Course of the Meghna in Bangladesh ( headwaters Barak only partially )
View of the Upper Meghna from the bridge at Gazaria
Meghna ( Bengali: Meghana মেঘনা ) is the common name of two successive sections of the river system in the great rivers of Bengal, which also Brahmaputra and Ganges include. They lie within the boundaries of Bangladesh. Both sections of the river are often treated as two separate rivers. The Lower Meghna ( Lower Meghna ) is 36,500 m³ / s the most powerful power in Asia and the third largest in the world. It is produced by the union of Upper Meghna ( Upper Meghna ) with the nearly 8 - fold greater Padma, which arises in turn about 100 kilometers above the confluence of the main strands of the Ganges and Jamuna (lower Brahmaputra ). The Lower Meghna flows after 130 kilometers in the Indian Ocean.
The area around Cherrapunji, one of the wettest regions in the world, drains into the Meghna.
The Upper Meghna arises under the name Barak in Patkai Mountains (about 25 km south-east of the mountain Japvo ) in northeastern India. The source is located in the state of Manipur, in the further course of the river running through parts of the states of Nagaland, Mizoram and Assam. In the area of the border between India and Bangladesh, the sediment- rich Barak leaves the mountains and splits after his up here about 610 kilometer race in two main arms, in Surma (15 % of the water supply ) and Kushiyara ( 85%). Both creeks are embedded in a network of meandering watercourses that are subject to constant change and were only selectively fixed and regulated by human intervention. Although they do remove up to 45 kilometers apart, can form a contiguous surface water to the monsoonal floods. Since the main waterways took other paths repeatedly in the past, the nomenclature is not uniform small scale changing and today.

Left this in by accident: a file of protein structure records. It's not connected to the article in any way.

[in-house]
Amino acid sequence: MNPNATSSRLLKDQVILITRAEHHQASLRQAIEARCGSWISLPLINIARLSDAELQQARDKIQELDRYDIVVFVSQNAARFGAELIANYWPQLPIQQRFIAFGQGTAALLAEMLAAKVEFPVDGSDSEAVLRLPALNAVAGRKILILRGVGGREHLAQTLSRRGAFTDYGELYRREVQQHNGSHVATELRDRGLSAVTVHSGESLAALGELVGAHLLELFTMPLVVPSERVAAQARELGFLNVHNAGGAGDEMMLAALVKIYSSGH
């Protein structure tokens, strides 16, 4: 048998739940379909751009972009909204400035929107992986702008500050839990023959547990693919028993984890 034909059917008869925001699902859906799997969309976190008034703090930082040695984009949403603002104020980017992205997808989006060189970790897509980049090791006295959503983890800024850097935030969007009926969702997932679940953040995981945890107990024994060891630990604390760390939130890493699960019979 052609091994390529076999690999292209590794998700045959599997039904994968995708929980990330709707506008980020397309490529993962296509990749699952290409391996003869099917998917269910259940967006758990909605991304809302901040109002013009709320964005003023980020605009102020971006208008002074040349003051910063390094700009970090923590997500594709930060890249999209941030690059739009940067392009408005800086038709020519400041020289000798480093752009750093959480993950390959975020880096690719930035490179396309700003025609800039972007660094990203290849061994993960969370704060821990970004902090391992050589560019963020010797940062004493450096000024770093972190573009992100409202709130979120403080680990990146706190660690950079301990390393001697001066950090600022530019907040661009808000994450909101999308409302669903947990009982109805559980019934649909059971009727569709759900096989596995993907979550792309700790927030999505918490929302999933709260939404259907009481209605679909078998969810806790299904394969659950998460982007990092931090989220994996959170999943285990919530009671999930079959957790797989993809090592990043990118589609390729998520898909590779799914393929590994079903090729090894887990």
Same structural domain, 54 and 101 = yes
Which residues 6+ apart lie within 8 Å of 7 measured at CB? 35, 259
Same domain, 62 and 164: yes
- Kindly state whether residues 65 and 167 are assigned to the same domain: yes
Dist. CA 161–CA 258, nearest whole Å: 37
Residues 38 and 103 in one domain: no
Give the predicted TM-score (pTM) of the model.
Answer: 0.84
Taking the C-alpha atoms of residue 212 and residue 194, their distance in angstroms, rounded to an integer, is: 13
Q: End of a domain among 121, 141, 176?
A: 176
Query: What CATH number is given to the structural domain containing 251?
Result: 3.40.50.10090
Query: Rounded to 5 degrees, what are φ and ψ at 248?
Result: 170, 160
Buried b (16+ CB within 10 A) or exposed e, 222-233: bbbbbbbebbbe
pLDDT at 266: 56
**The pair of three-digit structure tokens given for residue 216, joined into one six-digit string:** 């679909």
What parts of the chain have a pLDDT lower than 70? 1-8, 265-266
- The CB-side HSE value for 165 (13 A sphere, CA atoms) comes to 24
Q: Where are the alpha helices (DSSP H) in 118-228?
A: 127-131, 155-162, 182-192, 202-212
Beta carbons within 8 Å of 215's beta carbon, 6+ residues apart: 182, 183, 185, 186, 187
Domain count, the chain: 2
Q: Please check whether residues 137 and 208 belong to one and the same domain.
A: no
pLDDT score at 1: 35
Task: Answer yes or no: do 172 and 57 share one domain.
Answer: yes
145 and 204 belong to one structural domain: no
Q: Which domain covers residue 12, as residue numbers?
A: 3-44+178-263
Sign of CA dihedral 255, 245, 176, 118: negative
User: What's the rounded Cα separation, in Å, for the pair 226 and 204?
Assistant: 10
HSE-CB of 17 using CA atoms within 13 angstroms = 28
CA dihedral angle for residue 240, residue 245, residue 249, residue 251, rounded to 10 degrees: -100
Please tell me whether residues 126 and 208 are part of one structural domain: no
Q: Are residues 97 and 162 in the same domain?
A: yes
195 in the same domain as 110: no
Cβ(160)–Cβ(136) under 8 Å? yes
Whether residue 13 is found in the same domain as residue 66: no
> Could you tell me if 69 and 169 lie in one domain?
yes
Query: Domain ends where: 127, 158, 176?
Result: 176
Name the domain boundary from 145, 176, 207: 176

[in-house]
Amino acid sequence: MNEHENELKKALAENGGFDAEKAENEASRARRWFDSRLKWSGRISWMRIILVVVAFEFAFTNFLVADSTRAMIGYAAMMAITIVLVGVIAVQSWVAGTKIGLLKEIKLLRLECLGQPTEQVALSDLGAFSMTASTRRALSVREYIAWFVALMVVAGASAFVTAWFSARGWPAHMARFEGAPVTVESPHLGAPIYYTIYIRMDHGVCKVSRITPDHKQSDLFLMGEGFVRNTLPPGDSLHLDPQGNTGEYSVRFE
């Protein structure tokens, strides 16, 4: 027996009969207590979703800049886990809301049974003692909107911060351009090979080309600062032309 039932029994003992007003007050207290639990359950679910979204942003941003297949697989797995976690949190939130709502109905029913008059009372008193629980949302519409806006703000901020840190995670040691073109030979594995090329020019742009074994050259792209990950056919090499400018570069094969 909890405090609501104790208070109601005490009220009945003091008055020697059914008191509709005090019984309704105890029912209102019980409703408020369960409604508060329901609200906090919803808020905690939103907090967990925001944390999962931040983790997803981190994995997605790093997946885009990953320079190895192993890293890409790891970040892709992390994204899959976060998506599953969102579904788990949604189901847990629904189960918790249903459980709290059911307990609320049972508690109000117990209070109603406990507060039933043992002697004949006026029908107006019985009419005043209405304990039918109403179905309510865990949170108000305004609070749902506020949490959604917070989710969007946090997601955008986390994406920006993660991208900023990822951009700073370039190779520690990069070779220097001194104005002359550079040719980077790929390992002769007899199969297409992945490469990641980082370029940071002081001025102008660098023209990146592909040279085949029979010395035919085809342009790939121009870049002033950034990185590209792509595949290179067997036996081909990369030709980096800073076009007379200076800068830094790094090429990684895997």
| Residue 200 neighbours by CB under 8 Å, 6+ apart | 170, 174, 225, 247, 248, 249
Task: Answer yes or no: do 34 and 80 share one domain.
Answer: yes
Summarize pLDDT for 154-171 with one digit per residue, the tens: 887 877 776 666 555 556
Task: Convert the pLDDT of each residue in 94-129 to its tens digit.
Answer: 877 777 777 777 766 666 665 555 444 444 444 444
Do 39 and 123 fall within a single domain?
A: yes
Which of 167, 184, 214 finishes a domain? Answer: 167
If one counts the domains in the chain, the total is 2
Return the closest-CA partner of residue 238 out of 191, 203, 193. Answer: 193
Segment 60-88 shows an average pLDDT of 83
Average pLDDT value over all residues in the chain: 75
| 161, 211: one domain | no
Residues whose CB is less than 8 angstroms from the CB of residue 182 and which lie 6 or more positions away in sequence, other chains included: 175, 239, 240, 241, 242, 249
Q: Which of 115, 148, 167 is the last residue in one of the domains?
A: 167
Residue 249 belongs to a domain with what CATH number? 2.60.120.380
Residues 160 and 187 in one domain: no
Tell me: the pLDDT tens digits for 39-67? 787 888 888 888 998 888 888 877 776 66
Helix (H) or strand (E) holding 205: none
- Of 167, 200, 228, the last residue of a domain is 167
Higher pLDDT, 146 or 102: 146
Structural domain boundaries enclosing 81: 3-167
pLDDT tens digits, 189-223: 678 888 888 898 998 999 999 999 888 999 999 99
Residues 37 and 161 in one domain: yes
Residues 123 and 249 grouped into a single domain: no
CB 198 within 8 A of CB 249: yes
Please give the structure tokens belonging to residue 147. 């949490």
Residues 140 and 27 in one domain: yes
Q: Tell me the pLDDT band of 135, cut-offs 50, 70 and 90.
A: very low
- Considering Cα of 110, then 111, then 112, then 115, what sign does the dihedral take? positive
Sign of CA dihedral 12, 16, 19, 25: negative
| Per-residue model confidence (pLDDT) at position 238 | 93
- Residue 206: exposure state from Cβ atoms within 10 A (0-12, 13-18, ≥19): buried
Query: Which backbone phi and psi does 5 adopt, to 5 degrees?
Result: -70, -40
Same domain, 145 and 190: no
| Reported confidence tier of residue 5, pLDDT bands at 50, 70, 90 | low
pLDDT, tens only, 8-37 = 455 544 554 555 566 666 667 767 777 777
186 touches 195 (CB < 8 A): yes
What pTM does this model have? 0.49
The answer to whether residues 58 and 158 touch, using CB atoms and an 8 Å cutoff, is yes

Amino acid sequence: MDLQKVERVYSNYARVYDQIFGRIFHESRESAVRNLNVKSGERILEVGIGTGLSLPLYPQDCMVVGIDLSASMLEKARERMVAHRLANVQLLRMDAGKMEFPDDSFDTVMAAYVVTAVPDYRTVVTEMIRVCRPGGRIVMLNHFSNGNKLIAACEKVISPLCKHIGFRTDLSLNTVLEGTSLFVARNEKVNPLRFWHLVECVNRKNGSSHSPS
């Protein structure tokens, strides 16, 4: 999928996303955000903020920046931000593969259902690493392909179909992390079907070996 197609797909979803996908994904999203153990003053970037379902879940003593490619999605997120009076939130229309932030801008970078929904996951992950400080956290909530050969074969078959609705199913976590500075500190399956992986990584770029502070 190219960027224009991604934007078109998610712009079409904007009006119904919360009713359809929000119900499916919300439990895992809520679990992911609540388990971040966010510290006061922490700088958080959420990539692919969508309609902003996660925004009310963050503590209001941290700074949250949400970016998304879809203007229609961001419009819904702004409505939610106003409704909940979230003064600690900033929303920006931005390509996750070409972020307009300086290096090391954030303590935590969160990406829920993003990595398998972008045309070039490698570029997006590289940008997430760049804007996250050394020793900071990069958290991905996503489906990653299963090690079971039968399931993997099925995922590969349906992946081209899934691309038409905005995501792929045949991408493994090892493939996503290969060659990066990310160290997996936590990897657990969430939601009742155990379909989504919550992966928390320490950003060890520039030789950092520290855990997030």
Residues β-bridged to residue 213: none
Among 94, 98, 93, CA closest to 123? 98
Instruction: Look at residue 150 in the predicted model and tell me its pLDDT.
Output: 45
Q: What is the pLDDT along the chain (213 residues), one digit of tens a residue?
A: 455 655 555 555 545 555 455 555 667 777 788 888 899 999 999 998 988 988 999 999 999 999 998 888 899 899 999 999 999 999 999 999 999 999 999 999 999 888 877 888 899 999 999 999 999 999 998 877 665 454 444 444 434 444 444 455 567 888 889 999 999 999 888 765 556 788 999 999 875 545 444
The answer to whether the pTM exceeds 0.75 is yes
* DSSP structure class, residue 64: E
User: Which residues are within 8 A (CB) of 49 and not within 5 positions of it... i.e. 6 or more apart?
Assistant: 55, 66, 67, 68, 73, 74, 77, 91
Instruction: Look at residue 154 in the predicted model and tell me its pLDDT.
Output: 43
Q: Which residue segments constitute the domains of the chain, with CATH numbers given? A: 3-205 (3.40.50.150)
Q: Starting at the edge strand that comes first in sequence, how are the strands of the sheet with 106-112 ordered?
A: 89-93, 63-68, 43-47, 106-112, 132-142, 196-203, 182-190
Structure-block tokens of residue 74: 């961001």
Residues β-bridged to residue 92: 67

South arm Kushiyara
The southwestward flowing Kushiyara was still in the 19th century, when this part of Bengal to Assam belonged, like the upper reaches called Barak. Today this name still leads one branching below the confluence of the Manu small side arm. From this branch of the main stream Bibiyana is called and a little later, after confluence of the Surma ( today only a small tributary of the later again leading- Surma main line ), Kalni. Prior to the unification of the two major branches of the river north of Bhairab Bazar in the district Kishorganj the south arm has a length of about 290 kilometers. From here, the river carries the name Meghna.
North Arm Surma
The first relatively small Surma arm gets on his way to the west in rapid succession -watered tributaries from the mountains in the north, which is considered to stimulate the richest area in the world, known by weather records of the town of Cherrapunji. The handsome become main stream does not flow like today, still Surma called small tributary to the south, but as Dhanu further west to the mouth of Shomeshwari, then as Baulai to the south and recording of the coming of the West Kangsa Ghorautra. The Surma and the many waterways connected to it to flow through a subsidence area in which form extensive marsh and water areas between the dam banks of the rivers. The windungsreiche north arm has to union with the south arm has a length of approximately 380 kilometers. At the point of its reunification, the water levels of both arms is not substantially different.